Model and actress Gal Gadot is set to play the coveted role of Wonder Woman in “Man of Steel 2.” From the cover of the New York Post to a role in the “Fast and the Furious” franchise, the 28-year-old has definitely seen her share of exciting moments in the spotlight — but something tells me Wonder Woman will be her biggest moment yet. Here are a few things to know about the Israeli beauty:
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You’d better watch the full-length trailer for Lars von Trier’s “Nymph()maniac” before YouTube realizes that there’s a fully exposed, bare vagina and pulls it. You can freeze frame and screen shot it for posterity. You won’t see Shia LaBeouf going down on anyone, but you will see some semen, full-frontal nudity and lot of sex. I mean, it is a movie about sex addiction. Graphic images aside, the movie looks like it’s going to be really interesting. [The Wrap]
On his website, James Deen Blog: Boobs, Buttholes, Burritos (fantastic name, by the way, also NSFW), the multi-talented porn star took a moment to pen an honest review of his performance in “The Canyons” after attending the premiere. Well, kind of. He had planned to watch the movie once, surrounded by a crowd, and then, never watch it again. But after 30 seconds, he ran to the back of the theater to hang out with director Paul Schrader and producer Braxton Pope. From the glimpses he caught (because it was awkward to watch himself), he managed to eek out a critique on his performance. Keep reading »
The film industry is one that desperately lacks female influence, so Cheryl Boone Isaacs’ election as President of the Academy of Motion Picture Arts and Sciences is a particularly cool victory. In its 86-year history, the Academy has only had two other female presidents — the most recent being almost 30 years ago. Cheryl Boone Isaacs is also the first ever African-American president for the Academy. Keep reading »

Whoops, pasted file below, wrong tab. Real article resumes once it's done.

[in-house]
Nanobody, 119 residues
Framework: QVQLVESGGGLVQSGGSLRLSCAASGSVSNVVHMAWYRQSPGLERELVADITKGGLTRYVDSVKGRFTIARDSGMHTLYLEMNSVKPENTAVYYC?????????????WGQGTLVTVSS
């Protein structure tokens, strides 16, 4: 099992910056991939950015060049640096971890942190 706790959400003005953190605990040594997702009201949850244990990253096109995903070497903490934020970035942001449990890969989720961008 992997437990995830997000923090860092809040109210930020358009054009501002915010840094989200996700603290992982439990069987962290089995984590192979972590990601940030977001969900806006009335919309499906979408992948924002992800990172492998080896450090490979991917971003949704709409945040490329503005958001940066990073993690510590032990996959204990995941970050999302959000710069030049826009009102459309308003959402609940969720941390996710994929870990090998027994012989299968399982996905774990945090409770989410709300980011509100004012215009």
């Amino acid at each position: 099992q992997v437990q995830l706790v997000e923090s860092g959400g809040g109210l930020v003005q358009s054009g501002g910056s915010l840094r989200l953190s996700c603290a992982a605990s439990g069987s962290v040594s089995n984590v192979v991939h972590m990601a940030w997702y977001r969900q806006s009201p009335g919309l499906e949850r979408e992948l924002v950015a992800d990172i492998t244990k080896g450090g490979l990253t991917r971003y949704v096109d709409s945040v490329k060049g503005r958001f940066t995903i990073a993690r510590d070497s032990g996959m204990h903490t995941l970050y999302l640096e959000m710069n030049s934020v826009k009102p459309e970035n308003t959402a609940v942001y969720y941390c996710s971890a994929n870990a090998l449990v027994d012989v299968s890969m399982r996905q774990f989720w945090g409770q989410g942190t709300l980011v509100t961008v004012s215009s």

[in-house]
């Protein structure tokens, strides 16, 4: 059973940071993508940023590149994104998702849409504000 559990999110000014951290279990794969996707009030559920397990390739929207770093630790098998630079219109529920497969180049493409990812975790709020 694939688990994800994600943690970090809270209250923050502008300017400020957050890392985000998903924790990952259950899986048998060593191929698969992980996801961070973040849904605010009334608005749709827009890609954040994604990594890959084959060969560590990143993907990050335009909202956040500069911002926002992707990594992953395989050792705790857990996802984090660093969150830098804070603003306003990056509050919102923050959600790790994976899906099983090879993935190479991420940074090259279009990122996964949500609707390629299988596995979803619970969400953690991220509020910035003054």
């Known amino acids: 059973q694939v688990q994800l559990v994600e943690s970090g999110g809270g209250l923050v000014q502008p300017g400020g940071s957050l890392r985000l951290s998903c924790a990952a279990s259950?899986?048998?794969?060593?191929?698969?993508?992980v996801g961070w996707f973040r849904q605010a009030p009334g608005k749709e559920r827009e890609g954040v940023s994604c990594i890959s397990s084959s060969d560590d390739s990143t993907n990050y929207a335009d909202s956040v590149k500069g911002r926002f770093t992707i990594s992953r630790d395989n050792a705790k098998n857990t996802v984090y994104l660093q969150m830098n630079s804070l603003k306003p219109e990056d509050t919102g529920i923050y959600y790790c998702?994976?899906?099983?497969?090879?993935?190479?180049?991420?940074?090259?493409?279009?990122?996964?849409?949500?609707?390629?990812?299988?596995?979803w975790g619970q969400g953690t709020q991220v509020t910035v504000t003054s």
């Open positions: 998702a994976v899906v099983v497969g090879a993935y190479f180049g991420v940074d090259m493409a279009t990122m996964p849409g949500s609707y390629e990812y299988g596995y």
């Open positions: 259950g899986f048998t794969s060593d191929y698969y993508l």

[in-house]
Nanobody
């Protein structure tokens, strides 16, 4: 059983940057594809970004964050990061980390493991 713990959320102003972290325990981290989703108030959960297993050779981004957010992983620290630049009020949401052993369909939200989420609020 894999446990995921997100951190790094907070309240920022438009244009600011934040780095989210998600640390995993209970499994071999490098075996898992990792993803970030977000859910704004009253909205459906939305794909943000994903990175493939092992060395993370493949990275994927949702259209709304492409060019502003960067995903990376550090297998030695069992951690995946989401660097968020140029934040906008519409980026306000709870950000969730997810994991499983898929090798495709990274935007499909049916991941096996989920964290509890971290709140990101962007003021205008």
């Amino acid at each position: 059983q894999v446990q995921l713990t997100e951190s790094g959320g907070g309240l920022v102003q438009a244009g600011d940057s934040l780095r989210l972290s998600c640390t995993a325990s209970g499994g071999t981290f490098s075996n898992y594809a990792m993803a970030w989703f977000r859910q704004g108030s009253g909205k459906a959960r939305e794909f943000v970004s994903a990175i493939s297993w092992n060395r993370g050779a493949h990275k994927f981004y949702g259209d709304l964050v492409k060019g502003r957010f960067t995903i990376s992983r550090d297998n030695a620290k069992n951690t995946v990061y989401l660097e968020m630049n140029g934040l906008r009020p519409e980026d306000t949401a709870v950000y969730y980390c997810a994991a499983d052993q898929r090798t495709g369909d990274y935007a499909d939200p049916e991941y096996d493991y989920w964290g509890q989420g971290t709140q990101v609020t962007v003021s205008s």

Meagan Good and Will Ferrell share an onscreen romance in the upcoming comedy “Anchorman: The Legend Continues.”
In the film’s trailer, funny man Ferrell tries “to break down the barriers of race” by cracking jokes during a humorous dinner table scene with Good character’s Black family.
“I don’t read Jet Magazine, or Jheri Curl Daily,” he says. “I’m breaking down the barriers of race by assimilation. And on that note which one of you convicts with the longest record can pass me the mashed potatoes?”
In the highly-anticipated sequel, Ferrell returns as Ron Burgundy, only this time he works at a 24/7 cable news network. Read more on Hello Beautiful…
So we all know that there’s a dearth of women in the movie-making business — just in case you’re not up to speed there was a whole study done about it. The best place to view this disparity is the Cannes Film Festival in France: of the 20 films competing for the top prize, the Palme d’Or, only one is by a female director. Keep reading »